Skirting in the load zone shall be of an airtight design and construction. The skirting shall begin with a tail box immediately before the load-spoon, allowing tight sealing of a typically pressurized area. The skirt walls should continue forward past the spoon for a distance and at a height to effectively slow the air flow generated by the transfer chute. The walls should be joined with a top cover. Dust curtains shall be placed, per the design, to interrupt air flow moving through the enclosure.

Wear-liners of a ceramic construction shall be placed along the skirt walls and located with very close tolerance to the belt top cover. The wear-liner’s function is to contain material on the belt. Too often this function is left to the rubber skirting to achieve. Soft goods are not effective at containing material and subsequently wear through quickly. It is imperative that the soft goods are only designed to contain dust-laden airflow inside the skirting enclosure.

Skirt walls and covers, or the skirt enclosure, should be fabricated from stainless steel, along with the balance of the transfer point. While this material choice adds costs, it shares the same advantages outlined in Key Criteria #1 above.

#6 Head Chute Sealing

It is imperative to seal all head chute openings – between the enclosure and the material load, between the carrying and return side of the belt and below the return side of the belt. All shaft penetrations need to be sealed, along with all belt cleaner openings. Doors need to positively close against gaskets.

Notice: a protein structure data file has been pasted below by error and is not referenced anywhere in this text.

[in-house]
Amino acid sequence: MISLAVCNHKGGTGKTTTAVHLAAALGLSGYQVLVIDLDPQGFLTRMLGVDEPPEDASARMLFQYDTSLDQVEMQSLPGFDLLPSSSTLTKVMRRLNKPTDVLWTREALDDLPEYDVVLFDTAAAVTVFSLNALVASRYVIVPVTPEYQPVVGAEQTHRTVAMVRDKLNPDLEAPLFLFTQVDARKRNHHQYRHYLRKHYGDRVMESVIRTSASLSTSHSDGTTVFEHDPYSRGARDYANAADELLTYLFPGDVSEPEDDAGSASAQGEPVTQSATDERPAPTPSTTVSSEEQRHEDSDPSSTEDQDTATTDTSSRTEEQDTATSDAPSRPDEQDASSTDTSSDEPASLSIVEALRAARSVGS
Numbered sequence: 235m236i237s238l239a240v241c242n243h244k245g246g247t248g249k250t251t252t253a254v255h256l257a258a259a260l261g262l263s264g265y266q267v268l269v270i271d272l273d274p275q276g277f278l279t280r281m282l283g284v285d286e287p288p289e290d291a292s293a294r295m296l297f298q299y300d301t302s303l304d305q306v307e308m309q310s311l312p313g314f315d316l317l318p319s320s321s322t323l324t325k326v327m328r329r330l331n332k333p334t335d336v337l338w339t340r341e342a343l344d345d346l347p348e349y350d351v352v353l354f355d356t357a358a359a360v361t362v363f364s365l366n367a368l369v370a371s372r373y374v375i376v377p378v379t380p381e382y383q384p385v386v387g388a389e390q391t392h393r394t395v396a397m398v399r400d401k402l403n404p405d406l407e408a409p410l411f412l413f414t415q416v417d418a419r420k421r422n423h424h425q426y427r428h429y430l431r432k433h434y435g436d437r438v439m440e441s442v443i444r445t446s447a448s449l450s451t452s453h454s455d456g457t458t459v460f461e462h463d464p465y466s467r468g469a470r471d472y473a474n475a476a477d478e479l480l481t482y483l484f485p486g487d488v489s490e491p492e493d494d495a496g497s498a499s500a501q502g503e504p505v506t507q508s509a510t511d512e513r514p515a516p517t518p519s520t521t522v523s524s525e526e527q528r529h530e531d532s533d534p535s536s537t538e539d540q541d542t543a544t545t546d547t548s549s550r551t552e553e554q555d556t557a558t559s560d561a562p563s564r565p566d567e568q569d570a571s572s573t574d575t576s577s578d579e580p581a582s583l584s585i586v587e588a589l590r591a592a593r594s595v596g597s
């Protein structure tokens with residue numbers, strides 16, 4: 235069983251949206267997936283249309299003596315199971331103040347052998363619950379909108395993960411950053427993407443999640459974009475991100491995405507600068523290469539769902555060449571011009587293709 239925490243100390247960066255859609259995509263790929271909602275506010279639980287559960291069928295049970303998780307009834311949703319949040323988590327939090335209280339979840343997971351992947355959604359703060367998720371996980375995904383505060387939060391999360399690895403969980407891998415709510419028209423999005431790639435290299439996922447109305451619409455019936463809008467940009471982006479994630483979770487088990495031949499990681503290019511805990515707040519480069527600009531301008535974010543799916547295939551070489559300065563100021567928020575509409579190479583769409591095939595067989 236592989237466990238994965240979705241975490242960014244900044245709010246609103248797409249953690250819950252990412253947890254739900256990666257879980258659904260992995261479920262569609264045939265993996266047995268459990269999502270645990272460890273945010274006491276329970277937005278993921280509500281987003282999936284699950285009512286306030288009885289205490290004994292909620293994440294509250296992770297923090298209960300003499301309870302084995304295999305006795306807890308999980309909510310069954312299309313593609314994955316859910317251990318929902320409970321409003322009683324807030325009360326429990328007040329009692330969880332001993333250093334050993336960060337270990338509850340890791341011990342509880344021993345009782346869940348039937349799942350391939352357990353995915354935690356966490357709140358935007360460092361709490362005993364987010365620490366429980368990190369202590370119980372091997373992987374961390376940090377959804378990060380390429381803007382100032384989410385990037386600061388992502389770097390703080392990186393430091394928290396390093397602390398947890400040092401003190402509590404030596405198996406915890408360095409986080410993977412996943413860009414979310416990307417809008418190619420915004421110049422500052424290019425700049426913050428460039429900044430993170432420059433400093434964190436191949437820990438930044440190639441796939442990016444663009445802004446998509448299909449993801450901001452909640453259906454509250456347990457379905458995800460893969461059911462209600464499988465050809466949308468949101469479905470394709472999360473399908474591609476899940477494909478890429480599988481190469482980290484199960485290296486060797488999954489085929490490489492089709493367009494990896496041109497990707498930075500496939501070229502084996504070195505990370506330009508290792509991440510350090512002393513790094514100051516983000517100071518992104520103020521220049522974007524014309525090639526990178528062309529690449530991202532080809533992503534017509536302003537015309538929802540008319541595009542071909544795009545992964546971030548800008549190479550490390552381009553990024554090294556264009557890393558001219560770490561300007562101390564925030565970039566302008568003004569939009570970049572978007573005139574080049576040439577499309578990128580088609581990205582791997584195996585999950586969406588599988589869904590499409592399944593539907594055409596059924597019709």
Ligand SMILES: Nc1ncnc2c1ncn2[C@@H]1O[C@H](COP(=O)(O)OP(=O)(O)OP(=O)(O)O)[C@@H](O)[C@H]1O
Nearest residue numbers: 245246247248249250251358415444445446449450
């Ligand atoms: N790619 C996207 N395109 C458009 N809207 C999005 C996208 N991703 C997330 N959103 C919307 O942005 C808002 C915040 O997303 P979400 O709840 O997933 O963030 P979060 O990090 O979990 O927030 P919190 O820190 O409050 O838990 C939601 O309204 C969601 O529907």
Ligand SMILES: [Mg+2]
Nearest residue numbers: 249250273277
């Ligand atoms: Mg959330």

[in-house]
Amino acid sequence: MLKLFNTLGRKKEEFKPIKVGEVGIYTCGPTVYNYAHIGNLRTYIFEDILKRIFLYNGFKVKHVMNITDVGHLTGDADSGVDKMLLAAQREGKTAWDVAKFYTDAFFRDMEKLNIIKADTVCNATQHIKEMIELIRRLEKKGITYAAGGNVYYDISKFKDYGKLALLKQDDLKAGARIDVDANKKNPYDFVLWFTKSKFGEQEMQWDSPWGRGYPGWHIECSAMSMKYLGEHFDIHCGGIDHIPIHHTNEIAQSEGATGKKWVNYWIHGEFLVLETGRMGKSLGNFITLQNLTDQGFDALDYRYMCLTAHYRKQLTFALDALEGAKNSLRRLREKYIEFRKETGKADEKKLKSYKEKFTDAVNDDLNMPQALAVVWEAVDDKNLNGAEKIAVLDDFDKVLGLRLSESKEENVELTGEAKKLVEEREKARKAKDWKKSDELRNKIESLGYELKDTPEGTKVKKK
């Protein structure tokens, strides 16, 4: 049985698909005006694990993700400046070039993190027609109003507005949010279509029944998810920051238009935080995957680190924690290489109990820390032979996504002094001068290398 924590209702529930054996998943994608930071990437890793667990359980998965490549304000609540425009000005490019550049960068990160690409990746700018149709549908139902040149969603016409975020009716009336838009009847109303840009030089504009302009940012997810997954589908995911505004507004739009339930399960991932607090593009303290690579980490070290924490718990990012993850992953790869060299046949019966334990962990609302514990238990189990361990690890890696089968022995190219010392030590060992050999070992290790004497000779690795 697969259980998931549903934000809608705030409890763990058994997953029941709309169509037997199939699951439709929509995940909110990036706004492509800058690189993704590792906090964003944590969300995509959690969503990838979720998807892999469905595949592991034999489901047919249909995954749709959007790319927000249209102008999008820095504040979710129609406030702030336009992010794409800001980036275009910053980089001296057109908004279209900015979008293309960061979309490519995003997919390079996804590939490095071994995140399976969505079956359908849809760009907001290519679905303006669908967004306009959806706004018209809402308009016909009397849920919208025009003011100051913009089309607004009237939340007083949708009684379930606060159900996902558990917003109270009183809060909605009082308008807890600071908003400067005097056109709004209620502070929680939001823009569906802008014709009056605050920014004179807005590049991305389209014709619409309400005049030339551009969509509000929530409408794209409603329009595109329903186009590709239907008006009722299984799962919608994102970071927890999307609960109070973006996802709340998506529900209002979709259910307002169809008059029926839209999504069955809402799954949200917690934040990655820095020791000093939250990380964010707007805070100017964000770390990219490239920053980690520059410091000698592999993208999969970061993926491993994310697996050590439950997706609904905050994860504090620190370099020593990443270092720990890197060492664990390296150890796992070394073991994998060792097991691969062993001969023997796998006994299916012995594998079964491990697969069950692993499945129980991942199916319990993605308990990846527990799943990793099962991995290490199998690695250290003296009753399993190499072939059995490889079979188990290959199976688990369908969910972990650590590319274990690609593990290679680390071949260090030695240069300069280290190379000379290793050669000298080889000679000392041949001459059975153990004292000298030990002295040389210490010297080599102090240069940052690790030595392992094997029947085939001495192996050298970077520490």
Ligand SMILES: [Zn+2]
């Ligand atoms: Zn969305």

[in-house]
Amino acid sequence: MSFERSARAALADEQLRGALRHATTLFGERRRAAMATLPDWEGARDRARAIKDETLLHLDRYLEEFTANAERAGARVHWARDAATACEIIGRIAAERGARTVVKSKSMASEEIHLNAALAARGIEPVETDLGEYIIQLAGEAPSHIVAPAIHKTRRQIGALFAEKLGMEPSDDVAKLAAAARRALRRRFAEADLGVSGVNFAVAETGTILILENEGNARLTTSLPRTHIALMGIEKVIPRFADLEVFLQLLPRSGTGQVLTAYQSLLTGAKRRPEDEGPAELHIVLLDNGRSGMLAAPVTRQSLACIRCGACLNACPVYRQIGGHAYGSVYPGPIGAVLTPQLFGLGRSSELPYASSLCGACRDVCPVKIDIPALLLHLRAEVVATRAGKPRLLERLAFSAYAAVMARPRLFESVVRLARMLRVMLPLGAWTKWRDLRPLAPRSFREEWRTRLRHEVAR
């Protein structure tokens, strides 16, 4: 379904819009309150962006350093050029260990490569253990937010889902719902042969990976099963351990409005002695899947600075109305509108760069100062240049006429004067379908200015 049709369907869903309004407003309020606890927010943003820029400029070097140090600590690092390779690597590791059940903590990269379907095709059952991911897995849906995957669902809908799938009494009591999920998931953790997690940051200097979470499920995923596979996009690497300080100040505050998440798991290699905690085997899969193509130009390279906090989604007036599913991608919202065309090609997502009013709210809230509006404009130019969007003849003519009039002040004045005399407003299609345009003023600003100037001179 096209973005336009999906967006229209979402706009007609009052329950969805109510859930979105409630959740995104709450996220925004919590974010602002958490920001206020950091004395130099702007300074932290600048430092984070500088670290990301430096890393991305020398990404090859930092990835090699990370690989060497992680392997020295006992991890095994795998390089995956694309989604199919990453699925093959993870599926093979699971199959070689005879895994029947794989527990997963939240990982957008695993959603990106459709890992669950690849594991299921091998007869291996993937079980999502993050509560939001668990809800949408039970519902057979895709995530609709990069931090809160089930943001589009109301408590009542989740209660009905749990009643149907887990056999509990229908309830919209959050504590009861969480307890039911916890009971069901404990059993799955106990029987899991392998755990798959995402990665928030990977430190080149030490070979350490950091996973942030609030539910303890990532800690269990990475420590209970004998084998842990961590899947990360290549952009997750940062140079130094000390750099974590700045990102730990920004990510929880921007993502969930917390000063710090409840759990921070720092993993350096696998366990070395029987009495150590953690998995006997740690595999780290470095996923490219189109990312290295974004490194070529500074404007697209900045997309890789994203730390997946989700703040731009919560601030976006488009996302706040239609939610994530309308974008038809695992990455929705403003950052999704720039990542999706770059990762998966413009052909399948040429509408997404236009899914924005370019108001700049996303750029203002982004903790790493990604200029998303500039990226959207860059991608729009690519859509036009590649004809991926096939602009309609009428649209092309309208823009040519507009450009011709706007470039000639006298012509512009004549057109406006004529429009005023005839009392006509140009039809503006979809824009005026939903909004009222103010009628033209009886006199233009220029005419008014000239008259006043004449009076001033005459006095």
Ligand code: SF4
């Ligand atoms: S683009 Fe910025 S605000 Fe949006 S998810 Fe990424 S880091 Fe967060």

#7 Belt Cleaning

An often overlooked source of dust liberated in tripper and conveyor galleries is directly attributable to carryback on the conveyor. Dust clings to the belt due to static, resides in cracks and crevices of worn top covers and adheres due to environmental conditions such as rain or ice. This dust is liberated as the conveyor travels over the head pulley, snub pulley or takeup/bend pulleys. This dust is usually below 10 microns in size and becomes airborne or float dust.

No belt cleaning method will remove all of the dust from the top cover, except a wash-box arrangement, which is not typically practical in a power generating, coal handling environment. Acensium recommends no less than two belt cleaners per transfer point and where space allows, a third cleaner should be installed.

Utilize tungsten carbide (TC) tips on the cleaning edge of all cleaners, including those in the peeling or primary arrangement. The TC tips will extend the life of the cleaner; with proper installation of the cleaner there will be no adverse effect on the life of the belt top cover.

Belt cleaners demand frequent inspection to ensure proper cleaning and to prevent damage to the belt. Proper selection of the belt cleaner arrangement will lead to increased maintenance intervals and reduced expense on replacement blades. Acensium has experience in specifying mine grade cleaners with long service lives.